This is the second of the two-part series of Keller and Heckman Shanghai's China Regulatory Matters e-news alert on China food law developments from 2015. Part I covered regulatory mechanisms, production and operation, labeling, and recall, while Part II will cover the following additional topics: 1) Food Import, 2) Specially Controlled Foods, and 3) Food Additives.

I. Food Import

The Food Safety Law (FSL) sets up a new framework for the management of imported food. Notably, the FSL requires that each importer establish a system for auditing overseas food exporters/producers.[1] The relevant management rules and implementing regulation (Draft Regulation) are currently being drafted.[2] The Draft Regulation mandates that inspection and quarantine authorities manage imported food per the food category and safety risk level. In particular, it specifies three inspection levels pursuant to three levels of food safety risks.[3] With the strengthening of food import regulation, we expect a series of supporting regulations in the near future.  

The "hygiene license" for imported foods has now been replaced by the "entry cargo inspection and quarantine certificate" for foods that have passed inspection and quarantine,[4] and a new version of the online notification system for food importers/overseas exporters was launched on October 1, 2015.[5] Also, the catalogue that subjects certain overseas food producers to pre-market registration is being constantly updated; for example, new registration requirements for overseas producers of imported edible "bird's nest" products became effective on January 1, 2016.[6]

Cross Border E-Commerce Food Import

Not surprisingly, special provisions for food E-commerce

in the new FSL have received much attention. Among other things, the law requires that third-party online food trading platform providers demand real-name registration by food operators and specify food safety responsibilities of the operators.[7] The authorities are drafting a regulation on the supervision and management of online food operation, which will set out obligations for both online food operators and third-party platform providers.[8]

As a special form of E-commerce, "cross-border E-commerce" (CBEC) is gaining in popularity in China, as it allows Chinese consumers quicker and less restricted access to overseas foods and other products. The Chinese government has been promoting CBEC as a means to boost the economy. One way this is being accomplished is by designating a number of cities/areas such as Hangzhou as CBEC pilot zones.[9] Food imported through these pilot zones, as well as through free trade zones (FTZs), are subject to less regulation.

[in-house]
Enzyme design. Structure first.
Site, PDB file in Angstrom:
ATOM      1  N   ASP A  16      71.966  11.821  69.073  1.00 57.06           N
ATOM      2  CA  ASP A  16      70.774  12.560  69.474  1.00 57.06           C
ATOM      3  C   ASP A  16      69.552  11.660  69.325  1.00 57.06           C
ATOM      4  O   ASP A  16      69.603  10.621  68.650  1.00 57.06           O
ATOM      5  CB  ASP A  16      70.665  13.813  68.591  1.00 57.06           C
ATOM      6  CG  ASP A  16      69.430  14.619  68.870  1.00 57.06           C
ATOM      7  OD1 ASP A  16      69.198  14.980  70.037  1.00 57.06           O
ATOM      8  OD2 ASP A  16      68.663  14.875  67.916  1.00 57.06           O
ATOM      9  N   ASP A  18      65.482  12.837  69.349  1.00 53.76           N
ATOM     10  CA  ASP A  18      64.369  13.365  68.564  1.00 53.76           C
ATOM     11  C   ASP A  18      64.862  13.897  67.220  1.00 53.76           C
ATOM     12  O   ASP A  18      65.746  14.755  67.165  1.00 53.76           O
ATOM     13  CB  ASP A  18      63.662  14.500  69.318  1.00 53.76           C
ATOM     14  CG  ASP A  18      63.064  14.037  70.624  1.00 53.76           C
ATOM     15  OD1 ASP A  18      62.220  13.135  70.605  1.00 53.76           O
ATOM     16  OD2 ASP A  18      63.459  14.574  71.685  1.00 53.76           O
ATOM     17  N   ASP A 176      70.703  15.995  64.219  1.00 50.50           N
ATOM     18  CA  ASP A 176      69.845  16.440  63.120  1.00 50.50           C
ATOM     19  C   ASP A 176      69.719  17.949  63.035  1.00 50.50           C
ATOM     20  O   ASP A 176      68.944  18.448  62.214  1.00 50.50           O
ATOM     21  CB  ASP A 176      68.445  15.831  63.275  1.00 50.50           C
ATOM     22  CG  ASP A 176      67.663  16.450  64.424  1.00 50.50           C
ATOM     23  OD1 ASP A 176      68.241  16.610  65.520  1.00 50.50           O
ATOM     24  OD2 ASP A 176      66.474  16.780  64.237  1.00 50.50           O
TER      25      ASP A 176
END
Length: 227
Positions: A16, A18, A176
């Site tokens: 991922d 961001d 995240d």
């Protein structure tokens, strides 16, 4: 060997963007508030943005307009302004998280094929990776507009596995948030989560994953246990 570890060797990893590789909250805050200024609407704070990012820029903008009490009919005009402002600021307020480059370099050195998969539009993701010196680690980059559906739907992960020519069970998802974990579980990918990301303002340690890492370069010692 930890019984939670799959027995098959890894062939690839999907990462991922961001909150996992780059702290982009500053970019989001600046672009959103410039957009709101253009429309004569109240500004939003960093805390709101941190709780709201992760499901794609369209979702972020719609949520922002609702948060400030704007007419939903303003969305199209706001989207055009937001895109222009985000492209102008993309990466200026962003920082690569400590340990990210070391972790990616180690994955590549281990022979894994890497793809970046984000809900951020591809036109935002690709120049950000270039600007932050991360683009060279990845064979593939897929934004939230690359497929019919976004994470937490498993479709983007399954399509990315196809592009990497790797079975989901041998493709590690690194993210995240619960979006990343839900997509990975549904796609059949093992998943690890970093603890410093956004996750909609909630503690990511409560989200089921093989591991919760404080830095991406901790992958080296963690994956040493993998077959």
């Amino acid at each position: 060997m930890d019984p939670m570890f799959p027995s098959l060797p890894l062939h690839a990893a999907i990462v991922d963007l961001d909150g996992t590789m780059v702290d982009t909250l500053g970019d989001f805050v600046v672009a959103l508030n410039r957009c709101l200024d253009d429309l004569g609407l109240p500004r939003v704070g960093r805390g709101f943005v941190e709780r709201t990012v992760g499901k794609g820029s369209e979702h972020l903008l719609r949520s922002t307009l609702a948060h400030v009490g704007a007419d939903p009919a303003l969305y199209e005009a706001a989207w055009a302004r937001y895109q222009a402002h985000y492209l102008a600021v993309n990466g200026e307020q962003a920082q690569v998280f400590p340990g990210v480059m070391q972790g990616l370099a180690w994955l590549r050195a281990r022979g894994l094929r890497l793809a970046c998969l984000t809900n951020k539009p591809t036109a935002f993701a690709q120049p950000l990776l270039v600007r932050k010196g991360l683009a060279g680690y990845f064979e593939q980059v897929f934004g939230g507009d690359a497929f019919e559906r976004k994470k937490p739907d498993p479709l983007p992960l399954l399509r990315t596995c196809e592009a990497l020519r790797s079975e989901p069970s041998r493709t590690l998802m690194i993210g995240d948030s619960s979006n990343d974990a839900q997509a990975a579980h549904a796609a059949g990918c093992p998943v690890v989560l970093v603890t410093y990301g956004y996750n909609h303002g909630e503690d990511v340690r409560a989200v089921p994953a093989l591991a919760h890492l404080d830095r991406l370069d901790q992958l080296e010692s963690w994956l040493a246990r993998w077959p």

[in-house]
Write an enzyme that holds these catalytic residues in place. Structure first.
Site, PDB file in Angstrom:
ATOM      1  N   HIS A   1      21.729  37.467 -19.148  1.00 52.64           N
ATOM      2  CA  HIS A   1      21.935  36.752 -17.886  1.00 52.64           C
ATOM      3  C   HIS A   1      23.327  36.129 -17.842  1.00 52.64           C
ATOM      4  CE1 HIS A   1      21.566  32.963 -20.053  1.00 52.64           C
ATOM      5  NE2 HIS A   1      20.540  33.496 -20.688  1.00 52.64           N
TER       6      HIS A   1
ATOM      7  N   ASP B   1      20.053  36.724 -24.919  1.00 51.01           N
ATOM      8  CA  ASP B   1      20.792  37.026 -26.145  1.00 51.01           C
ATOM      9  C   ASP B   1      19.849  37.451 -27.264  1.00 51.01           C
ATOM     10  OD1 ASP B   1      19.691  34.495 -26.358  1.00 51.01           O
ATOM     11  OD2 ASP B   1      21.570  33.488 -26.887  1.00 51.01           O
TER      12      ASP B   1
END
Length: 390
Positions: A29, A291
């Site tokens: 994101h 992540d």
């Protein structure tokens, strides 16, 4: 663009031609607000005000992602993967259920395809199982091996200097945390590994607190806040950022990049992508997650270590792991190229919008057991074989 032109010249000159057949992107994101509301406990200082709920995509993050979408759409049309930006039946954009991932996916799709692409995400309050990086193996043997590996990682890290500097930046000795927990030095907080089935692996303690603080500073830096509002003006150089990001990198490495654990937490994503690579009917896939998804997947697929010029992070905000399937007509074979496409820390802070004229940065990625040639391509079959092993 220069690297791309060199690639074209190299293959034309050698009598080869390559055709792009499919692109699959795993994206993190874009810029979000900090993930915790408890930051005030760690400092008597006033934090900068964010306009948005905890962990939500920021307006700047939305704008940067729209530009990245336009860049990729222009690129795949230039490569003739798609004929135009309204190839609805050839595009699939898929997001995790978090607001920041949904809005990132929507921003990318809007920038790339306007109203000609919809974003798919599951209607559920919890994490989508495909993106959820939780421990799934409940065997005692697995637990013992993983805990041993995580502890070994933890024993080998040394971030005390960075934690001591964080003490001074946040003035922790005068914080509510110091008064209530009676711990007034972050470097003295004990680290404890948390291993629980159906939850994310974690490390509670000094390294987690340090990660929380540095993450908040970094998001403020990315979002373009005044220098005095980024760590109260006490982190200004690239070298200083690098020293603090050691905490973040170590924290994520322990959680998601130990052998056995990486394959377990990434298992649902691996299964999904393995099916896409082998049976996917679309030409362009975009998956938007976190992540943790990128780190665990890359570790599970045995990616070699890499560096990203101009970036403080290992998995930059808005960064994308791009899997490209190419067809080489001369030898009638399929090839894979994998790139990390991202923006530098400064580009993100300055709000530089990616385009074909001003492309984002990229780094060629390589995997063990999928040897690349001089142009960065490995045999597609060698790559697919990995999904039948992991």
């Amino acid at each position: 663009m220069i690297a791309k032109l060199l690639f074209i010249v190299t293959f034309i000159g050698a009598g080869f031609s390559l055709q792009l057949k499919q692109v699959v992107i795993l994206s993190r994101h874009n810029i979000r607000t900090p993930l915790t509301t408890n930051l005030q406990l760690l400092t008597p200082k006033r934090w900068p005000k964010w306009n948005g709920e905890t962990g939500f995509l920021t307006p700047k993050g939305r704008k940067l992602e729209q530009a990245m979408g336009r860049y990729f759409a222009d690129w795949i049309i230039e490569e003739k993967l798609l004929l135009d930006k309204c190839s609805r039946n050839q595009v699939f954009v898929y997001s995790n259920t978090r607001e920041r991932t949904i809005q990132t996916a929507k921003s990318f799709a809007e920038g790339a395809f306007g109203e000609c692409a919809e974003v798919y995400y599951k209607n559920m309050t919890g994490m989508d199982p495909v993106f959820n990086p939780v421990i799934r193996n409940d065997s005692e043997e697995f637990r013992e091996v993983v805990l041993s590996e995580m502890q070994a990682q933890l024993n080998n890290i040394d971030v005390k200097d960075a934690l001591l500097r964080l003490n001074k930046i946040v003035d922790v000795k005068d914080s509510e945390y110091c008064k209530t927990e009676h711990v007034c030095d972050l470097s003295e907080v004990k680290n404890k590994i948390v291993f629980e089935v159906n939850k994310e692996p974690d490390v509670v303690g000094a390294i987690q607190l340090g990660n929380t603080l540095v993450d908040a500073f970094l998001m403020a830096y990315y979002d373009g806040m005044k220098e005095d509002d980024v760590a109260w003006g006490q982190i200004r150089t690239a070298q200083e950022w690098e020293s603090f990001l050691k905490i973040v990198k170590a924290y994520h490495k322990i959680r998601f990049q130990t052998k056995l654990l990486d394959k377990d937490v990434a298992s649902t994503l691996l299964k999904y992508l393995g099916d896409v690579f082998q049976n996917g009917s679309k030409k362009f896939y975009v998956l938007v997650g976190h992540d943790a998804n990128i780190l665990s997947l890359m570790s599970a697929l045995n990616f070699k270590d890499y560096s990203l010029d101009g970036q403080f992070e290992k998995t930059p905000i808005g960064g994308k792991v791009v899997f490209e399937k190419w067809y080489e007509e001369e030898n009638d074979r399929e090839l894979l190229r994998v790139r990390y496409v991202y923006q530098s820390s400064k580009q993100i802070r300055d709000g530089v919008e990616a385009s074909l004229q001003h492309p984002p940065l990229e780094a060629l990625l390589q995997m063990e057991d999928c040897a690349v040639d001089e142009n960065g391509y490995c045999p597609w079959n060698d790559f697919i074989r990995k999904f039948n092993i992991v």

The Chinese government is also taking actions to ensure greater food safety with respect to CBEC food import, such as explicitly requiring that CBEC food import comply with the FSL and the Draft Regulation.[10] Also, innovative regulatory measures have been proposed regarding CBEC food import that hopefully will ease industry's burden. For example, the Chinese government is now drafting a regulation targeting foods imported via the CBEC bonded warehouse model.[11] It allows the use of electronic labels and, except for certain special foods, a food operator may apply either an electronic or a printed label on the food to be imported via the CBEC bonded warehouse model, subject to informed election of the consumer.

II. Specially Controlled Foods

According to a top China Food and Drug Administration (CFDA) official, the regulation of "specially controlled foods" was one of the most challenging to develop. This Draft Regulation identifies three types of foods as specially controlled foods and subjects them to "strict supervision and management." The three types are: health foods, formulated foods for special medical purposes, and infant and young children formula.[12] The Draft Regulation requires specific areas be devoted exclusively to the sales of specially controlled foods. Importers of any specially controlled foods must present registration or notification documentation to inspection and quarantine authorities at the time of import.[13]

The Draft Regulation further elaborates on specific requirements for individual types of specially controlled foods. For example, CFDA may conduct on-site quality control and other types of inspections of formulated foods for special medical purposes and infant and young children formula milk powder.[14] Registration rules are also currently being drafted[15] for "foods for special medical purposes." Also, registration and notification requirements (discussed below) are required for health foods and for infant and young children formula. 

Infant and Young Children Formula Milk Powder